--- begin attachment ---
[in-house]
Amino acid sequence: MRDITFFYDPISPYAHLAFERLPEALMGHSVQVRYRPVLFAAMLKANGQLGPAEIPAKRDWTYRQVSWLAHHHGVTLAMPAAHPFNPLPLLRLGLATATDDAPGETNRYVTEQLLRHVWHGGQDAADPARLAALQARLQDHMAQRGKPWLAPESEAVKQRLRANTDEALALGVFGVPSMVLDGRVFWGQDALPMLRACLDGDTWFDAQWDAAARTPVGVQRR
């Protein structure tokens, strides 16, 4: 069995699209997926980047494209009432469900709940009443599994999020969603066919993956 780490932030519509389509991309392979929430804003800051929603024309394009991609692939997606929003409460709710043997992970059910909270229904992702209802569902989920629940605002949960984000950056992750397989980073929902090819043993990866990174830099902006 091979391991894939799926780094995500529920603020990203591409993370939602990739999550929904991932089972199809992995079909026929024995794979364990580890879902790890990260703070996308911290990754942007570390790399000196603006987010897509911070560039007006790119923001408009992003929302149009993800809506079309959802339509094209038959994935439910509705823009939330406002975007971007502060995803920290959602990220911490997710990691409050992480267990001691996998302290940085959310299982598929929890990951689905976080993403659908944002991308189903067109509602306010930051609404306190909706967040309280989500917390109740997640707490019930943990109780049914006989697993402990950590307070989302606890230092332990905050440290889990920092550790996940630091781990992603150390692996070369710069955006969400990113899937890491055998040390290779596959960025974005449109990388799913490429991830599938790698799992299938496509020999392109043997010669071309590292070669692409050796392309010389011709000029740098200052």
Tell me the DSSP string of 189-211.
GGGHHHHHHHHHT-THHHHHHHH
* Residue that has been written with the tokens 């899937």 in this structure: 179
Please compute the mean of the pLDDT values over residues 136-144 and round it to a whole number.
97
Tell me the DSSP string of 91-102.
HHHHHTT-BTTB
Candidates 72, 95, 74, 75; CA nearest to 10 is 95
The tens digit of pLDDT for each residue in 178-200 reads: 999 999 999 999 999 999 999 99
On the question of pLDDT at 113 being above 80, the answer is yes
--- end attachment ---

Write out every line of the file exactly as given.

[in-house]
Amino acid sequence: MRDITFFYDPISPYAHLAFERLPEALMGHSVQVRYRPVLFAAMLKANGQLGPAEIPAKRDWTYRQVSWLAHHHGVTLAMPAAHPFNPLPLLRLGLATATDDAPGETNRYVTEQLLRHVWHGGQDAADPARLAALQARLQDHMAQRGKPWLAPESEAVKQRLRANTDEALALGVFGVPSMVLDGRVFWGQDALPMLRACLDGDTWFDAQWDAAARTPVGVQRR
């Protein structure tokens, strides 16, 4: 069995699209997926980047494209009432469900709940009443599994999020969603066919993956 780490932030519509389509991309392979929430804003800051929603024309394009991609692939997606929003409460709710043997992970059910909270229904992702209802569902989920629940605002949960984000950056992750397989980073929902090819043993990866990174830099902006 091979391991894939799926780094995500529920603020990203591409993370939602990739999550929904991932089972199809992995079909026929024995794979364990580890879902790890990260703070996308911290990754942007570390790399000196603006987010897509911070560039007006790119923001408009992003929302149009993800809506079309959802339509094209038959994935439910509705823009939330406002975007971007502060995803920290959602990220911490997710990691409050992480267990001691996998302290940085959310299982598929929890990951689905976080993403659908944002991308189903067109509602306010930051609404306190909706967040309280989500917390109740997640707490019930943990109780049914006989697993402990950590307070989302606890230092332990905050440290889990920092550790996940630091781990992603150390692996070369710069955006969400990113899937890491055998040390290779596959960025974005449109990388799913490429991830599938790698799992299938496509020999392109043997010669071309590292070669692409050796392309010389011709000029740098200052």
Tell me the DSSP string of 189-211.
GGGHHHHHHHHHT-THHHHHHHH
* Residue that has been written with the tokens 């899937």 in this structure: 179
Please compute the mean of the pLDDT values over residues 136-144 and round it to a whole number.
97
Tell me the DSSP string of 91-102.
HHHHHTT-BTTB
Candidates 72, 95, 74, 75; CA nearest to 10 is 95
The tens digit of pLDDT for each residue in 178-200 reads: 999 999 999 999 999 999 999 99
On the question of pLDDT at 113 being above 80, the answer is yes